treats a mix of base kernels as transformation learning
from a mixture of transformations and solves the result-
ing non-convex with a semidefinite relaxation for an ap-
proximate global solution.
In this work, we developed an alternative approach to
data fusion by forming an integrated kernel as a weighted
direct sum of the individual kernels in the framework of
Least-Square Support Vector Machine (LS-SVM), with
the advantage of combining the model training and
weight optimization altogether as solving a set of linear
equations. Tested on a benchmark dataset of transmem-
brane proteins, we demonstrate that our novel method
improves the classification performance significantly
from individual kernels, up to a ROC score 0.92, compa-
rable to what is reported in [1], and yet with the capa-
bility of removing the constraint requiring all individual
kernel matrices to have the same dimension.
Copyright © 2013 SciRes. ENG
2. Method
As mentioned in the introduction, work in [1] bases its
method on the fact that basic algebraic operations such as
addition, multiplication and exponentiation preserve the
key property of po sitiv e s emi-definiteness for kernels [2].
Therefore, for a given set of kernels K1, K2, ..., Km, the
linear combination
also forms a kernel.
The authors in [1] show that this kernel can be opti-
mized by minimizing with respect to
i under additional
trace and positive semi-definiteness constraints:
min max 2()()()
TT i
ediag yKdiag y
µαααµ α
subject to 0
T y = 0, and
( ),0
ii ii
traceK cK
= =
= ≥
In this work, we develop an alternative approach by
forming an integrated kernel as a weighted direct sum of
the individual kernels in the framework of Least-Square
Support Vector Machine, with the advantage of combin-
ing the model training and weight optimization altogether
as solving a set of linear equations. Another benefit is
that, unlike Equation (1), direct sum does not require all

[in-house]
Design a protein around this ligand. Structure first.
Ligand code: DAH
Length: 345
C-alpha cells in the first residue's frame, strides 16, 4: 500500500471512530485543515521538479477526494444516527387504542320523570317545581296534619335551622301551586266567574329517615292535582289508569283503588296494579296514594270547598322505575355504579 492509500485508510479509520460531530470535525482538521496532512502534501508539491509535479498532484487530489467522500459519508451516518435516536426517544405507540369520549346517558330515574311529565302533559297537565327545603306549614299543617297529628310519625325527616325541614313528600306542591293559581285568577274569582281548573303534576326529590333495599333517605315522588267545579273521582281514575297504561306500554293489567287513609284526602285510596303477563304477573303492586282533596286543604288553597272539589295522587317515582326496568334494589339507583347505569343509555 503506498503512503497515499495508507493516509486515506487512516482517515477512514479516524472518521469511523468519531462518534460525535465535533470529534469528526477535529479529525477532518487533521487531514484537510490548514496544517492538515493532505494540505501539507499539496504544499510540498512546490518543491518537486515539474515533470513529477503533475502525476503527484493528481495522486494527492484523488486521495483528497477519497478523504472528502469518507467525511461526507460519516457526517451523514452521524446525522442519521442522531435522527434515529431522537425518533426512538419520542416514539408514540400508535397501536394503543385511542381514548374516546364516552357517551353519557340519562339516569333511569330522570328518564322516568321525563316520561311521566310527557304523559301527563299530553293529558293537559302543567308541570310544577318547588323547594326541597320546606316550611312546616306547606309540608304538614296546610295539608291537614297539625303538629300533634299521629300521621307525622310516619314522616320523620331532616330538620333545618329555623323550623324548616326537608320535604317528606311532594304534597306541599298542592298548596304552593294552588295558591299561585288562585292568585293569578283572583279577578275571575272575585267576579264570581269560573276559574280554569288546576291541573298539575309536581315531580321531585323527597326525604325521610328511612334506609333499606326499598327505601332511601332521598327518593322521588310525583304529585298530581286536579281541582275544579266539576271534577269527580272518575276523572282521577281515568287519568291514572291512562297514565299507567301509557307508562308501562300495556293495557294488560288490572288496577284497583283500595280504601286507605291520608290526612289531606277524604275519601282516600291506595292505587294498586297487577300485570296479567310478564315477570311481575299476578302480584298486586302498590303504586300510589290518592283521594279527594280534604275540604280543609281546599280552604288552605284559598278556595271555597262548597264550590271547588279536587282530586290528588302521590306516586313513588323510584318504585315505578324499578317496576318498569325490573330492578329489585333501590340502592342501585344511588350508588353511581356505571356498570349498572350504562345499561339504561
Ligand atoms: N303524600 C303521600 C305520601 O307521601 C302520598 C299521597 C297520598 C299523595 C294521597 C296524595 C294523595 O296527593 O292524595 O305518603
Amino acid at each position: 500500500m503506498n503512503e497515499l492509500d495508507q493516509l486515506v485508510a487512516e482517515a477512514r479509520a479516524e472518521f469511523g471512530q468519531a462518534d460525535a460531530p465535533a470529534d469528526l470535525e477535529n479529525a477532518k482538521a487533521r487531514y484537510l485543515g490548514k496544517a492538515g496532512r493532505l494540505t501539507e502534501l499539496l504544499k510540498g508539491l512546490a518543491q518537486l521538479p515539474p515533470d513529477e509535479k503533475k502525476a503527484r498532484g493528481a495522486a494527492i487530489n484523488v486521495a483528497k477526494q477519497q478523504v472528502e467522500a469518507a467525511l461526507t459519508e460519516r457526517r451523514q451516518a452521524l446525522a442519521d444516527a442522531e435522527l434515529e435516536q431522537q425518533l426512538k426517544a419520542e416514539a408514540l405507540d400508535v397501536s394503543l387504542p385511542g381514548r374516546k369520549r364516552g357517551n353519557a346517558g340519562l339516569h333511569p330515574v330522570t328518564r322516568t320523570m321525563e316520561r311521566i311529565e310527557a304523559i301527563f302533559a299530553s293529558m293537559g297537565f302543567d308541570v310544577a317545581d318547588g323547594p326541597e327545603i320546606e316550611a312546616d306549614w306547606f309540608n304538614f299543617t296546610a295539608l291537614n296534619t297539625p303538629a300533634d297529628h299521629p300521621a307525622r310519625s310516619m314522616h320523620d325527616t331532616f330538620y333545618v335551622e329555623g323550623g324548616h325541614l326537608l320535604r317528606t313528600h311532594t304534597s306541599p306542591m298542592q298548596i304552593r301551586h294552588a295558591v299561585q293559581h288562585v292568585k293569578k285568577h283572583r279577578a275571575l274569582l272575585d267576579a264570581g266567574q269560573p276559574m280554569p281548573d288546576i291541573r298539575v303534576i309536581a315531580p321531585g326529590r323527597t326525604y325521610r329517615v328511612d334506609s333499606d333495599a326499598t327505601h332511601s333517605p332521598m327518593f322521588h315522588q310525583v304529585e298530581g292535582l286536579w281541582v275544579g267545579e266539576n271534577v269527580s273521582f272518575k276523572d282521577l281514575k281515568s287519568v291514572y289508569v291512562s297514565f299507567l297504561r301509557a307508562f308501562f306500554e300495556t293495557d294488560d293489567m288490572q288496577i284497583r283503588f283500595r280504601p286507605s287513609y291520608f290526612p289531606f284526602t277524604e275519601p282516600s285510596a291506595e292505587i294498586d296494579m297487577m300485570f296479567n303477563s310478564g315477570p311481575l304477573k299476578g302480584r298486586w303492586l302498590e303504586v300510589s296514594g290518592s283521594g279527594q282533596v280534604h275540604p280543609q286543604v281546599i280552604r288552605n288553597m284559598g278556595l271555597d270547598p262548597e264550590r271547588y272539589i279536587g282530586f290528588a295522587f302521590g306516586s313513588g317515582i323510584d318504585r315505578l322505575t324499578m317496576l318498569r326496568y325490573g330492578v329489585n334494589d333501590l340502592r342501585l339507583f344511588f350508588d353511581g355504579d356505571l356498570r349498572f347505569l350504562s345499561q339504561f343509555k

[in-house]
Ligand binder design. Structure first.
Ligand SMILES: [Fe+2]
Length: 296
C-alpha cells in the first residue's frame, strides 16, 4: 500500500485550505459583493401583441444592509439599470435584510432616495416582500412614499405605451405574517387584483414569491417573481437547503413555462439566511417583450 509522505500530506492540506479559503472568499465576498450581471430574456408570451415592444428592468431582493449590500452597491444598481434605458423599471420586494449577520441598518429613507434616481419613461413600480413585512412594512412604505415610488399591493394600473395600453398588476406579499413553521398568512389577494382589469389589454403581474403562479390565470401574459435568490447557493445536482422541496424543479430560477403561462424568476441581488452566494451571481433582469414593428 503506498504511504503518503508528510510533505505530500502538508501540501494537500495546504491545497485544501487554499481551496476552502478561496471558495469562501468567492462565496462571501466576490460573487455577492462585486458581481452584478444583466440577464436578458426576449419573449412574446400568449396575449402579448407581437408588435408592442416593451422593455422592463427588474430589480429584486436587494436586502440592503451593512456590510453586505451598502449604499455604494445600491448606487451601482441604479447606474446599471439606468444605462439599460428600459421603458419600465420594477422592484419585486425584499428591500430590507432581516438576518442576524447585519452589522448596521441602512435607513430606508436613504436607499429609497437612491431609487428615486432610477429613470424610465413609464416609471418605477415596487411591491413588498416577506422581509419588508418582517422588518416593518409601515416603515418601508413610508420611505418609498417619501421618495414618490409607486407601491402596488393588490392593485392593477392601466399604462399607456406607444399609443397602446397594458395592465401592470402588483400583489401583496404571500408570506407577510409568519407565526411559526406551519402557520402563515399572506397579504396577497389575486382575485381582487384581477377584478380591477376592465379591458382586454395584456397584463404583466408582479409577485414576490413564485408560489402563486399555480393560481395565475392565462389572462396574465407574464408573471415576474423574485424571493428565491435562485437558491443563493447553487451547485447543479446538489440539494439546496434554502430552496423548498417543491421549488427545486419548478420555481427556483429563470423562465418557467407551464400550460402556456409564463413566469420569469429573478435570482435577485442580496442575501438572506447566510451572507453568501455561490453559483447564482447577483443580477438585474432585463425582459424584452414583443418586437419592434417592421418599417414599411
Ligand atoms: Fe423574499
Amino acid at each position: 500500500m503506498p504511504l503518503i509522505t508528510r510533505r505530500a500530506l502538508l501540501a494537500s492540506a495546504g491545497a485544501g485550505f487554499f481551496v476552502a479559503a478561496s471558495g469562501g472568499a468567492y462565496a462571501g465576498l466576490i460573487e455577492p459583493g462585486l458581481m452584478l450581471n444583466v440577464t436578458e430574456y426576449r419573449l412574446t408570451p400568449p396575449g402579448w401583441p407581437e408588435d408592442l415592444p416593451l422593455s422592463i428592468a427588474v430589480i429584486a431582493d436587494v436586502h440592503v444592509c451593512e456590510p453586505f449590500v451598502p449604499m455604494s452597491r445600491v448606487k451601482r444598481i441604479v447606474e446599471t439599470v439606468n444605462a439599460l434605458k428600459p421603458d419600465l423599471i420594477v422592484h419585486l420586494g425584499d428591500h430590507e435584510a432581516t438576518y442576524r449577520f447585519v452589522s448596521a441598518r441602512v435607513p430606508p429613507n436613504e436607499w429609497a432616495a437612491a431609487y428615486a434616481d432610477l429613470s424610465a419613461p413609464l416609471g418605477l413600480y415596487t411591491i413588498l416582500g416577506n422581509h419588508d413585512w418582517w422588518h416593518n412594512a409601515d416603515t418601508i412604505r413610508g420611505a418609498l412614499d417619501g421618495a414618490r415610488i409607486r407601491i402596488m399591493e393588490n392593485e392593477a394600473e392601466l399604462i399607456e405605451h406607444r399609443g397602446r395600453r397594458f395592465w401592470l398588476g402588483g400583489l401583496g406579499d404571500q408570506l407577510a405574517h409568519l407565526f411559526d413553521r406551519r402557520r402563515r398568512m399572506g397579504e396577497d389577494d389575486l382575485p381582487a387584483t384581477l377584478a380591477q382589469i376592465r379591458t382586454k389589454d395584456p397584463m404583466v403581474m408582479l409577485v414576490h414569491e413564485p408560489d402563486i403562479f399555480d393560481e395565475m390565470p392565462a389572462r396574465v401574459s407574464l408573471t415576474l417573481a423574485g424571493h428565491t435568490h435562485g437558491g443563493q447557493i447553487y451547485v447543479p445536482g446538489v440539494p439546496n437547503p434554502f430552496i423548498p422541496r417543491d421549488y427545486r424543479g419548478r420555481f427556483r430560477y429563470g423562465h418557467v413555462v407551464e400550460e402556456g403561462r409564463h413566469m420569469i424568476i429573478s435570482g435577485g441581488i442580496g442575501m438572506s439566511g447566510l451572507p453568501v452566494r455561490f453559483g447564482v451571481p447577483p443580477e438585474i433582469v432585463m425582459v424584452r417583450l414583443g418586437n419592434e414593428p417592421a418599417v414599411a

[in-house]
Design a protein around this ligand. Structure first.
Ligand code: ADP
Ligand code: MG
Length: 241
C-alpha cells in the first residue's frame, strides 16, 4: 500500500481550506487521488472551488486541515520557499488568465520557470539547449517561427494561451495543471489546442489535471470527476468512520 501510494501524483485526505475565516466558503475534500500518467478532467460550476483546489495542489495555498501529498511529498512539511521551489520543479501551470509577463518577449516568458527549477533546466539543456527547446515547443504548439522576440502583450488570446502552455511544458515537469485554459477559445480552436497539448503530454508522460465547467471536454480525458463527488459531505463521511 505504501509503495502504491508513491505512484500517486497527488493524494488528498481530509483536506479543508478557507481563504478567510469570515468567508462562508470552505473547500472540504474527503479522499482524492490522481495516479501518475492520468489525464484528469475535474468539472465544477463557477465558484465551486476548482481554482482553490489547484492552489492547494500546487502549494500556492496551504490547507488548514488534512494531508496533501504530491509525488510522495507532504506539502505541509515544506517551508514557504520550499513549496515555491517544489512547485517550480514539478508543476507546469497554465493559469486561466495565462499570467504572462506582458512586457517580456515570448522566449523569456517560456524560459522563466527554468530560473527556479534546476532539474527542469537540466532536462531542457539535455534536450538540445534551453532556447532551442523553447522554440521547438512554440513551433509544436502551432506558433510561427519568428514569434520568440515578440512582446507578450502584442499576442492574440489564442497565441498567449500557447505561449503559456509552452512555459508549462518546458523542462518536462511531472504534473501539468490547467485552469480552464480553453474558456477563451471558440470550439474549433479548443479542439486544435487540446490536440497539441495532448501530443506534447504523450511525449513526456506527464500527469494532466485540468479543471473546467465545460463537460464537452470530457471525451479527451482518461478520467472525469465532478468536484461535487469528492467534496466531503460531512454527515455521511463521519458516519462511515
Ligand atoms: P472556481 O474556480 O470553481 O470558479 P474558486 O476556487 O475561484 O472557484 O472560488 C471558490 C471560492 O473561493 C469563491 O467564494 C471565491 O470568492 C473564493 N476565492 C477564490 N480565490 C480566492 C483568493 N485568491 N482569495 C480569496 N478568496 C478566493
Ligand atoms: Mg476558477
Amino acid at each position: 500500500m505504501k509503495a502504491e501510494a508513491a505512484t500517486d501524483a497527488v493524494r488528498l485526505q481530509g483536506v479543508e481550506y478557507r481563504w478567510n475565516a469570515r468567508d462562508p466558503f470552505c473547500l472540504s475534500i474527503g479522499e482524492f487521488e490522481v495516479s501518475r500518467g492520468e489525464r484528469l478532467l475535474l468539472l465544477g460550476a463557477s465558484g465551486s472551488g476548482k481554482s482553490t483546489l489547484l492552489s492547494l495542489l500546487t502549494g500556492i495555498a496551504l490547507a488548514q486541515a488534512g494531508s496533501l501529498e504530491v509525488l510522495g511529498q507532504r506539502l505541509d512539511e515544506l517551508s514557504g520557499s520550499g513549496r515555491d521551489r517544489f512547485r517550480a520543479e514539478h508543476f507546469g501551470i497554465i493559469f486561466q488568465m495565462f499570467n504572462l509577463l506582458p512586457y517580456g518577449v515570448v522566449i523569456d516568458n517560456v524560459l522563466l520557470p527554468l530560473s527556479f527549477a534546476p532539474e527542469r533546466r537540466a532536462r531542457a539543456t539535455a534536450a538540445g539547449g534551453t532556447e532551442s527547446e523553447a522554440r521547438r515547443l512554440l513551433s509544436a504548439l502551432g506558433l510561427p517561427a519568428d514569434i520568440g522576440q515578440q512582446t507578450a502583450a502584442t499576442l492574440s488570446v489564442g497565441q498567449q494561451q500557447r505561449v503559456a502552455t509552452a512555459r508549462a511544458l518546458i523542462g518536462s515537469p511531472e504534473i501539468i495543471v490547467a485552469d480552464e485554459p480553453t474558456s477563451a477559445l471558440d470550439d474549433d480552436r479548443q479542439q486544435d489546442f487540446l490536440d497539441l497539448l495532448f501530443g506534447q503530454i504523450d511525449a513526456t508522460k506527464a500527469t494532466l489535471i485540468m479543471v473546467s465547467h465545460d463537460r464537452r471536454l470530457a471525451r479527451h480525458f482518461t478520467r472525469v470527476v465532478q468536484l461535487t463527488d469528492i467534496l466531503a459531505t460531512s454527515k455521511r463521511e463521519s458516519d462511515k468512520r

individua l kerne l s to ha ve the same dimens ion.
Suppose there are n examples with a binary clas sifica-
, yk for k = 1,..., n, whe re yk, which can be +1 or
1, is the label for example k, and
is an
vector of attributes characterizing the example. The sup-
port vector machines (SVM) method solve the classifica-
tion problem with a linear model,
()( )
h xwxbwxb
=+= ⋅+
 
where wi are the weights and b is the bias, the x is classi-
fied as the sign of
In least-squares SVMs [5], the weights and bias are
fixed by optimizing the margin
min[ ],
ww e
subject to the equality constraints for the training exam-
(5 )
where ek is the slack variable and
is a parameter regula-
rizing the contribution from the marg in term and the
errorterm in Equation (4).
The optimization can be solved by introducing the
following Lagrangian
min[{[] 1},
kkk kk
wwey wxbe
= =
⋅ +−⋅+−+
 
k are Lagrangian multipliers. The conditions for
optimality can be derived from the stationary of the La-
grangian as the following.
k kk
Lw yx
α γα
for k = 1 to n
0[] 10,
kk k
Lyw b e
= →⋅+−+=
for k = 1 to n
Now suppose the vector for example k is a weighted
direct sum of m vectors characterizing the example from
m different data sources:
kkk k
k kmk
xxx x
xx x
ββ β
= ⊕ ⊕⊕
= ⊕⊕⊕
= ⊕
 
 
i, for i = 1 to m, are the weights. Note that these
m vectors do not have to have the same dimension. Let di,
for i = 1 to m, are the dimensions for these m vector
i=1 to m di. An d the d ot pro duct in the d irect
sum vector space is thus induced as direct product
iik l
xx xx
Kx x
⋅= ⋅
= ⋅
 